An Avril Afternoon at the Mall
It's Thursday afternoon in the Katy Mills Mall food court, and Avril Lavigne's fans are screaming and chanting. They've turned out, a couple of thousand of them, to see the pop-punk sulkstress on her AOL-sponsored Surprise Mall Tour, which has set up shop in this huge overstimulating shopping mecca in the middle of nowhere.
A couple of KRBE DJs are on the small, very low-rise impromptu stage right by the Jody Maroni's "haut dog" franchise, lobbing stuffed animals and T-shirts into the crowd, exhorting the kids to scream louder. The weird thing is that they aren't hollering for Avril.
"Give it up, Katy! Show your love!"
"A!O!L! A!O!L! A!O!L! "
I knew the last couple of years had been rough on the Internet giant, but is this what AOL has been reduced to? Forcing a bunch of hormone-addled, T-shirt-coveting teens and tweens to pep them up?
To be fair, there were a couple of chants for Avril mixed in here and there as well, and there were several mass shrieks when those nearest the front erroneously thought their 19-year-old champion was taking the stage.
The crowd was composed of several demographically uniform concentric circles. Young teenage girls were nearest the front -- some of them, though surprisingly few, wearing Avril's trademark necktie over a T-shirt. (Hell, maybe it's not so surprising -- Lavigne herself has forsaken the style.)
Behind that ring was a slightly older group of mixed guys and girls. This is where you found the occasional tattoo, the faux hawks, the dyed hair that all mark the tribe that regards Lavigne as too pop, but nevertheless had nothing better to do after school on Thursday afternoon in Katy. Here is where you also found packs of smirking, strutting dudes in Pat Green T-shirts and Abercrombie & Fitch ball caps that came because that was where the chicks were. You could just imagine their lives unfolding before them -- I've seen their types 40 years farther along in life, dragged to Jones Hall or the Hobby Center by their enthralled wives, where they sleep off their Scotch in the plush seats while Buena Vista Social Club or Norah Jones plays on stage.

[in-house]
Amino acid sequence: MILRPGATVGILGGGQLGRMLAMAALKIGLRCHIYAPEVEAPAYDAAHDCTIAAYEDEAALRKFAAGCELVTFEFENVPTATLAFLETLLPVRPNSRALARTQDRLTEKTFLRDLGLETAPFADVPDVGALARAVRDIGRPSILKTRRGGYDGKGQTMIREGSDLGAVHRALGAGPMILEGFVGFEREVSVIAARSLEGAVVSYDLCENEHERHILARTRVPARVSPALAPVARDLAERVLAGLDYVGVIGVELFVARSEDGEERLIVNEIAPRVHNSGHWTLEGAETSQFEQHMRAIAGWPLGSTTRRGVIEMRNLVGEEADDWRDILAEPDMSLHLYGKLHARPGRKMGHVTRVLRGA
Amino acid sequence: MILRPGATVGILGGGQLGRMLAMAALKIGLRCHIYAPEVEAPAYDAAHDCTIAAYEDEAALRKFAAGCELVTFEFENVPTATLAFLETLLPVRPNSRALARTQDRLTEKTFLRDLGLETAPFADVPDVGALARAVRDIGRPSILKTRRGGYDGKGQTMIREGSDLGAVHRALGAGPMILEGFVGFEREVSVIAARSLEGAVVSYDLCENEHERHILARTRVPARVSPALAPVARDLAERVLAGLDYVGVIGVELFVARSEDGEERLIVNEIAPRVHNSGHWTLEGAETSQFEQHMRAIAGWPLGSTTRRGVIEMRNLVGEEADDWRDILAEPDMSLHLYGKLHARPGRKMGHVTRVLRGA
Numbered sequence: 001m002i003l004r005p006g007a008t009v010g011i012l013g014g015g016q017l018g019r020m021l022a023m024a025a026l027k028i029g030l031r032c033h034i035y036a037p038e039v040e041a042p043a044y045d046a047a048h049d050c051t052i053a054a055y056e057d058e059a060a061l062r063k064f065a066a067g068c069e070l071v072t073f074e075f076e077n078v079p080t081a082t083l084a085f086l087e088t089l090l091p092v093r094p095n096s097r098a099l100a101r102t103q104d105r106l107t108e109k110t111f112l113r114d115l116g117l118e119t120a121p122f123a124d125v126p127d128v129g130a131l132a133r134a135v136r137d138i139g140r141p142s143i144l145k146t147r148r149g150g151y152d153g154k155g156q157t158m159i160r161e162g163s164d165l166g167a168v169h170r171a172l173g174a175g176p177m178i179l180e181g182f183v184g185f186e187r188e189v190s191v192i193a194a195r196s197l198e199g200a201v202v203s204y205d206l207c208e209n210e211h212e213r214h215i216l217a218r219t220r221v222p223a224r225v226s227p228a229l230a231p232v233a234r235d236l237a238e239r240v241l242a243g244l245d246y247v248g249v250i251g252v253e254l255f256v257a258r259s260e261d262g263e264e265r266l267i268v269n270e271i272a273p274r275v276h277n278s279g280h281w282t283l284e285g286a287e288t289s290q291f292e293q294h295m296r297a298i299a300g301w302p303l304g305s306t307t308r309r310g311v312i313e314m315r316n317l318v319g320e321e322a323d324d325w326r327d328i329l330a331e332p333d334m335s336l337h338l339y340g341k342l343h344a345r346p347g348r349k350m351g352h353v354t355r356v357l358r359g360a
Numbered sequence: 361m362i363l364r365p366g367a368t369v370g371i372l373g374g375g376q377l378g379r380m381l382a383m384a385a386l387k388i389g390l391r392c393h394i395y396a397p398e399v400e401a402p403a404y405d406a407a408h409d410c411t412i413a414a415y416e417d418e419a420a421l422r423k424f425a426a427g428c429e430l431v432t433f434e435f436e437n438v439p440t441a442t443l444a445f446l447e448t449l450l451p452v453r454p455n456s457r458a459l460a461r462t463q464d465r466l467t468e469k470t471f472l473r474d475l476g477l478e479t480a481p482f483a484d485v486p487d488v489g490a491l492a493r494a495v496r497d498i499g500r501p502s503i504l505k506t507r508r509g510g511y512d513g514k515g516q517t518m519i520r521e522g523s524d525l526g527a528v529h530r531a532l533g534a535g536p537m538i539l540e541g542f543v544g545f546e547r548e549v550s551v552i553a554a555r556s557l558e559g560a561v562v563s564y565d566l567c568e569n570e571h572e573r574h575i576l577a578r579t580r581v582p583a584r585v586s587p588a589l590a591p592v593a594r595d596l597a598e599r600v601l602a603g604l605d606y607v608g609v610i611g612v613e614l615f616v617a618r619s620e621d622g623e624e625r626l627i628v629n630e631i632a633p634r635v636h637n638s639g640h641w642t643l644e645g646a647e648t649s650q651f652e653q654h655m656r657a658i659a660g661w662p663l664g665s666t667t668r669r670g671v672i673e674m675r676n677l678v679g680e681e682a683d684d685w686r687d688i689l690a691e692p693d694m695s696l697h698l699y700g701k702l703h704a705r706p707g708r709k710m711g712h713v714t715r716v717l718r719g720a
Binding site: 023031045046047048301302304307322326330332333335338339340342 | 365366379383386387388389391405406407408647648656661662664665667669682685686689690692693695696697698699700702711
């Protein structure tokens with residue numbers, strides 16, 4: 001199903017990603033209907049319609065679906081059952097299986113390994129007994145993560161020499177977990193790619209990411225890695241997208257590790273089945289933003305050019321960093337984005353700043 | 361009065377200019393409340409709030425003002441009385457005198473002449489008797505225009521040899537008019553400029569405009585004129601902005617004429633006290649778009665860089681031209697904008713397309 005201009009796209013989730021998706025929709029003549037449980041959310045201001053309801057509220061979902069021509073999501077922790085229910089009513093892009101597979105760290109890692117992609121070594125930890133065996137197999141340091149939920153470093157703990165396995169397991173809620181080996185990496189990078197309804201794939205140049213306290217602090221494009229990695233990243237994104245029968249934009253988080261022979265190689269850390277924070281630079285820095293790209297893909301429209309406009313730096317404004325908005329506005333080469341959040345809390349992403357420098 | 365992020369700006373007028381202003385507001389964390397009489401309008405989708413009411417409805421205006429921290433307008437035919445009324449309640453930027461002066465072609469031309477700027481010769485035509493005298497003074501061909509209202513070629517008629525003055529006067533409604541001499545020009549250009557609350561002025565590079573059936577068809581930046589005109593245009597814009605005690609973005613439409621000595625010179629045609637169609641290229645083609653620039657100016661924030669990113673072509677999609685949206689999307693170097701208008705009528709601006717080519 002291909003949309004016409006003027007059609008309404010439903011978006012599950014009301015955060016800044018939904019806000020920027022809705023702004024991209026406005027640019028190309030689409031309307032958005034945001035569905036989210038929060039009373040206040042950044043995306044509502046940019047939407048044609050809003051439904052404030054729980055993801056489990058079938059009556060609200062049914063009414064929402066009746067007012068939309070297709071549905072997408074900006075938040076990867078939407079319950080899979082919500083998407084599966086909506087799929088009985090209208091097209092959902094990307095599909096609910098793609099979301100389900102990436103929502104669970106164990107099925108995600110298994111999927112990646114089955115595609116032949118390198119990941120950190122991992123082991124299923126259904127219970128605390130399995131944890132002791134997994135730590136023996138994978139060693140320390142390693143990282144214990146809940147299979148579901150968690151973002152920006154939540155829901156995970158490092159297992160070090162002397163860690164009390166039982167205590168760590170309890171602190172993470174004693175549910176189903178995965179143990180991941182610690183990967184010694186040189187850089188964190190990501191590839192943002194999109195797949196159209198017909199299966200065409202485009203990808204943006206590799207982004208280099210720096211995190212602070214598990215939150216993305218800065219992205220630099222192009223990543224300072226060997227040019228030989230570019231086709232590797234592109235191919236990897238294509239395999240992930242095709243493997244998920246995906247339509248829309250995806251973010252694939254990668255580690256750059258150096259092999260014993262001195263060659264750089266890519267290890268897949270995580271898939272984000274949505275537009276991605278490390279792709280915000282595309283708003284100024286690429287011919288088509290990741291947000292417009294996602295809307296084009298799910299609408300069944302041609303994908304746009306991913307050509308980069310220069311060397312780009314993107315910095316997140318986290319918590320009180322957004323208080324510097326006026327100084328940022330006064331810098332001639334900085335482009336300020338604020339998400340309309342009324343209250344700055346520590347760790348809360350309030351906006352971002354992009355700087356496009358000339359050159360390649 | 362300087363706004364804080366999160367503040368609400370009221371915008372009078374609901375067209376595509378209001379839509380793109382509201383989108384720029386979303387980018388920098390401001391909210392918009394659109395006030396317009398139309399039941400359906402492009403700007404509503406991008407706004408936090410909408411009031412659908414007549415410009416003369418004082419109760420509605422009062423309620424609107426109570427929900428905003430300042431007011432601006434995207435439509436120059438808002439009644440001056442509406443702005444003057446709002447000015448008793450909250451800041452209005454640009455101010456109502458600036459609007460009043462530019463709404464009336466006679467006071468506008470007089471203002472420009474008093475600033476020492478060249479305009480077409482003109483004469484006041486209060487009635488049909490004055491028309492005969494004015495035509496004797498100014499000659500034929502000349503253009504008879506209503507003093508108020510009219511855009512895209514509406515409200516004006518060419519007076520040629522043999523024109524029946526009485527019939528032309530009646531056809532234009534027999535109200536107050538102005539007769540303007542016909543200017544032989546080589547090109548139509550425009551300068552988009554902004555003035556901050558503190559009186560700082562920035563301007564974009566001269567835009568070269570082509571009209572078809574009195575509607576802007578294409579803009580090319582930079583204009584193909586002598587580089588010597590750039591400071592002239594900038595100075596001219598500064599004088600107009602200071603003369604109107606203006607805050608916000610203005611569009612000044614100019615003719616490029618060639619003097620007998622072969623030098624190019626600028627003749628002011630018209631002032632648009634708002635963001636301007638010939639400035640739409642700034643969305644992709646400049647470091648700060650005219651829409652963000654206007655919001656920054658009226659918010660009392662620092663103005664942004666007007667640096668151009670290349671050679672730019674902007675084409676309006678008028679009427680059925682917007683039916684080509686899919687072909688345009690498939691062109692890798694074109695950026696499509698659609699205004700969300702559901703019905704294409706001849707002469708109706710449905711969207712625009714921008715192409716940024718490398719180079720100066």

And behind all those groups was an assortment of intensely bored parents and their (briefly) more interested elementary-school-aged children, mainly girls.
About 30 minutes after the announced start time, a shriek that lasted longer than the false alarms announced the fact that Lavigne had unceremoniously taken the stage, sunburst acoustic guitar in hand, second guitarist in tow. Arms bearing cell-phone cameras rose in the air. Contrary to mall rules, some little girls were hoisted on their fathers' shoulders, while their older fellow fans were lifted onto those of their boyfriends. "How come everyone else can see but me?" one tween girl with no such benefactor demanded of the world. Lavigne said hello, and launched into one of the songs off her new album, Under My Skin, with no further ado.